Trying to decide between decorative concrete and pavers for your outdoor space can be a confusing dilemma, but take solace in the fact that you are not the only indecisive person in the world when it comes to deciding between this two. The best way to come to a decision would be to weigh the pros and cons of each against your own preferences and situations. To help you with that, check out the following hard facts about both traditional paving and decorative concreting.
Why Should You Use Concrete?
Perhaps the biggest advantage that concrete has over traditional pavers is the fact that it is a lot cheaper, but at the same time, that cheaper price tag doesn’t really come at the cost of any great sacrifice in terms of quality. We are not even talking about a tiny bit cheaper either because, on average, the price difference between per metre of pavers and concreting can be as high as 15%. Besides, modern cement stamping technology has made it possible for your driveway or walkway to look exactly like it has been paved if that’s what you want.
While that is the chief appeal here, the good news is that it’s not the only one. Concrete slabs are just a whole lot easier to install and, therefore, take less time and don’t cost as much in terms of labour charges. The colour, texture, and design options are also more varied and customizable if you decide to go with cementing instead of pavers. Finally, you will enjoy the added advantage of not having to remove weeds regularly, which inevitably start growing in-between pavers.
Are there Any Disadvantages?
As is the situation with everything else, decorative concrete doesn’t come without some faults of its own. It does tend to crack much more easily due to the very nature of concrete, so replacing cracked slabs will be necessary from time to time. However, opting for liquid limestone can take care of that problem for you because the combination of crushed limestone and cement is as durable and tough as it gets. It’s worth noting that concrete takes at least 4-7 days to be dry enough to become usable and during that time, the whole section will become completely unusable. Although slipperiness and heat retention can also be a problem in some areas, these are minor issues really and it is possible to take care of them by talking with your contractor before the job begins.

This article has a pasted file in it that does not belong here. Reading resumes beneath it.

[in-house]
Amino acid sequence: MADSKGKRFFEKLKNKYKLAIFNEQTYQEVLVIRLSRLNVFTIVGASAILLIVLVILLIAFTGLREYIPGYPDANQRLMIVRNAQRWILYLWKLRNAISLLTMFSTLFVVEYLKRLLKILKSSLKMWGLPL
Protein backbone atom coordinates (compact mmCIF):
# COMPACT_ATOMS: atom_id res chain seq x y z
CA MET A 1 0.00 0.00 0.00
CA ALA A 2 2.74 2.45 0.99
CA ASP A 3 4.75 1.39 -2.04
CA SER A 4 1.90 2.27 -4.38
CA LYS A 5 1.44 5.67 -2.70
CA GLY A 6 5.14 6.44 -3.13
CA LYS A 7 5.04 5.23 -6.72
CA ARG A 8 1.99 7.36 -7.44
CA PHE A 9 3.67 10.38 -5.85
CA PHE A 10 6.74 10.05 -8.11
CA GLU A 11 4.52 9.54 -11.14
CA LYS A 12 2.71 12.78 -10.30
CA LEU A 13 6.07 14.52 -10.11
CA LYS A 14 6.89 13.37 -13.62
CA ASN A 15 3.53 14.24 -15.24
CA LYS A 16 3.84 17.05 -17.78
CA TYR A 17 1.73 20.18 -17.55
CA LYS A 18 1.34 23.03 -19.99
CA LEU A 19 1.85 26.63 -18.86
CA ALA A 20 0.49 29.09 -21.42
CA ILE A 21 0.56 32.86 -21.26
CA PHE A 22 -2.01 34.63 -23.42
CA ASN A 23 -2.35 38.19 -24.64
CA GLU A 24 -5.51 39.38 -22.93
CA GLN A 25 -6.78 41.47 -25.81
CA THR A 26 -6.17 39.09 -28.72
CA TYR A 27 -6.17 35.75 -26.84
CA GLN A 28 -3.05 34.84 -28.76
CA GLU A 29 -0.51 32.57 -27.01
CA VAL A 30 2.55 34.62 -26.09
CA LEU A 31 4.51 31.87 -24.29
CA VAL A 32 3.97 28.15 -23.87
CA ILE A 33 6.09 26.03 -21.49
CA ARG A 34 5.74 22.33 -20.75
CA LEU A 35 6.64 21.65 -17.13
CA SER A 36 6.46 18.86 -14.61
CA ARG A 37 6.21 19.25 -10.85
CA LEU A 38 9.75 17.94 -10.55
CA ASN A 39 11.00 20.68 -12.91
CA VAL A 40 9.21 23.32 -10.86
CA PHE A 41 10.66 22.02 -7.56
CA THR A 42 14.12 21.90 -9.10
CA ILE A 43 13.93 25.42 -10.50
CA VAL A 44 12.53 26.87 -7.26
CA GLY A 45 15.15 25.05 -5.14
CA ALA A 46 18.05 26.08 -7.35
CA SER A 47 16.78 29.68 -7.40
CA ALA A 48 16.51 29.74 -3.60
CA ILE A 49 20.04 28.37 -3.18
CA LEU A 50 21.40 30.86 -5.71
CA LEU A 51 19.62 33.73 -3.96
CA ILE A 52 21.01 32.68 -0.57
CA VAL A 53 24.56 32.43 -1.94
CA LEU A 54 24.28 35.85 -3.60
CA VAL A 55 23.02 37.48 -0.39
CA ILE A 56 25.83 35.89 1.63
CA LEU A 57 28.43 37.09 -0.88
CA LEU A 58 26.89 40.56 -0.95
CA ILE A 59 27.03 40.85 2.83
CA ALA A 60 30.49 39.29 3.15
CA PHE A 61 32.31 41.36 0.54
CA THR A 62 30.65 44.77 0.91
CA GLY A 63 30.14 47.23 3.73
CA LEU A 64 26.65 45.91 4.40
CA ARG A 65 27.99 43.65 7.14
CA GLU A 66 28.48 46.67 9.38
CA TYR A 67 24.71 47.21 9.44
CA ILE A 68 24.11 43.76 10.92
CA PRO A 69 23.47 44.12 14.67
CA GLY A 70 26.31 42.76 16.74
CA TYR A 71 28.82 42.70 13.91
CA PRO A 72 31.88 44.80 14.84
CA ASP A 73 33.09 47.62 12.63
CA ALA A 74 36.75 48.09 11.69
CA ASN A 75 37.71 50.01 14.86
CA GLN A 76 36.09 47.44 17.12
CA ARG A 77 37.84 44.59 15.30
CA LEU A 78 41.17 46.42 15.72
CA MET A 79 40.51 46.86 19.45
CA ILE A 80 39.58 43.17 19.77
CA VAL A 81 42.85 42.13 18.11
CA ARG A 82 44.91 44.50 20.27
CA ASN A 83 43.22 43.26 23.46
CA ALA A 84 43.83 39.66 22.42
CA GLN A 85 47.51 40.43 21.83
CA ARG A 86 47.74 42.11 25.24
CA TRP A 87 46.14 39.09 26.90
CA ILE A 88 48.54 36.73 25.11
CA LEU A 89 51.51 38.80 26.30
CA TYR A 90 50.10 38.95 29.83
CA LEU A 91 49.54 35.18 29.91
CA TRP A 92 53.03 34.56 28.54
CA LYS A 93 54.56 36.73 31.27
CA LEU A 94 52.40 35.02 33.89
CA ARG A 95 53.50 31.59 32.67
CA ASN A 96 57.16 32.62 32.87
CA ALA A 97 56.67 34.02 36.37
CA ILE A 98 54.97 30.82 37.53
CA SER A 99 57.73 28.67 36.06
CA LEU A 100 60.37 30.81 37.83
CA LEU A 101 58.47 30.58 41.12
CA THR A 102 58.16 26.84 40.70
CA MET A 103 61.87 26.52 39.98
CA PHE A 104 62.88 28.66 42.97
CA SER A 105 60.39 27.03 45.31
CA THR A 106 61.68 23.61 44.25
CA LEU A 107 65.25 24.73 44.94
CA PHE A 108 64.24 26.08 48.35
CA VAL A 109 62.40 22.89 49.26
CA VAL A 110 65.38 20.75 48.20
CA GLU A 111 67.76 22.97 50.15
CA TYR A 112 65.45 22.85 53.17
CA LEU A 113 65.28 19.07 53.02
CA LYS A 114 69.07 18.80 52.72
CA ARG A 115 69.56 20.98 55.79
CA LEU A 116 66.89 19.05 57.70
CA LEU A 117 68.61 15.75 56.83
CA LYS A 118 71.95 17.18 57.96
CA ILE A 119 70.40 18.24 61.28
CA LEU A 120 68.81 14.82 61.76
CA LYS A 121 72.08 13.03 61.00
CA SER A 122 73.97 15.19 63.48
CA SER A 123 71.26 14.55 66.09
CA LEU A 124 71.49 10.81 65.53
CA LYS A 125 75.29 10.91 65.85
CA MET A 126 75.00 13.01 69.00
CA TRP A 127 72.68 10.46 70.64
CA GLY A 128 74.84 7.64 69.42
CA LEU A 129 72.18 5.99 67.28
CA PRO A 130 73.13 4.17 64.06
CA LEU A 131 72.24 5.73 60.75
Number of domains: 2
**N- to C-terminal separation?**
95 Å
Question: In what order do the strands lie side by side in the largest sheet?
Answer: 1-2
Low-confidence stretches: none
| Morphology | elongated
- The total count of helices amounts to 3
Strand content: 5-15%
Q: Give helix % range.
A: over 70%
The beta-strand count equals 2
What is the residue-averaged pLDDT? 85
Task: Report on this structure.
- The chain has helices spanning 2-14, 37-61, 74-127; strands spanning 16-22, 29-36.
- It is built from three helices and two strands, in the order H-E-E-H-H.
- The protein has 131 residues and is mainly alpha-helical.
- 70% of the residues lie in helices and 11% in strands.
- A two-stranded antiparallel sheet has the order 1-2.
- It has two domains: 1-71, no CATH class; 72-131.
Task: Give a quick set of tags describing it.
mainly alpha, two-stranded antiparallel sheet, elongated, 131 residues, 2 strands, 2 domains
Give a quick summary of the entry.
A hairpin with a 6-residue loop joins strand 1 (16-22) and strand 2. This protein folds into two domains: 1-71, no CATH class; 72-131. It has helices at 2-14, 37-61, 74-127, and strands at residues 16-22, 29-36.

Is Concreting Better than Paving?
This is a matter of personal choice as discussed in the beginning, but pavers require more maintenance and may need to be replaced far more frequently, as compared to modern decorative cement jobs. Also, they are generally more expensive than cementing as well. That being said, pavers can withstand a lot more weight on them before cracking. Also, it’s a much more flexible and easier option to just replace a few damaged pieces than the whole slab. So, the choice is up to you really; choose whichever appeals to you the most and suits your current living conditions.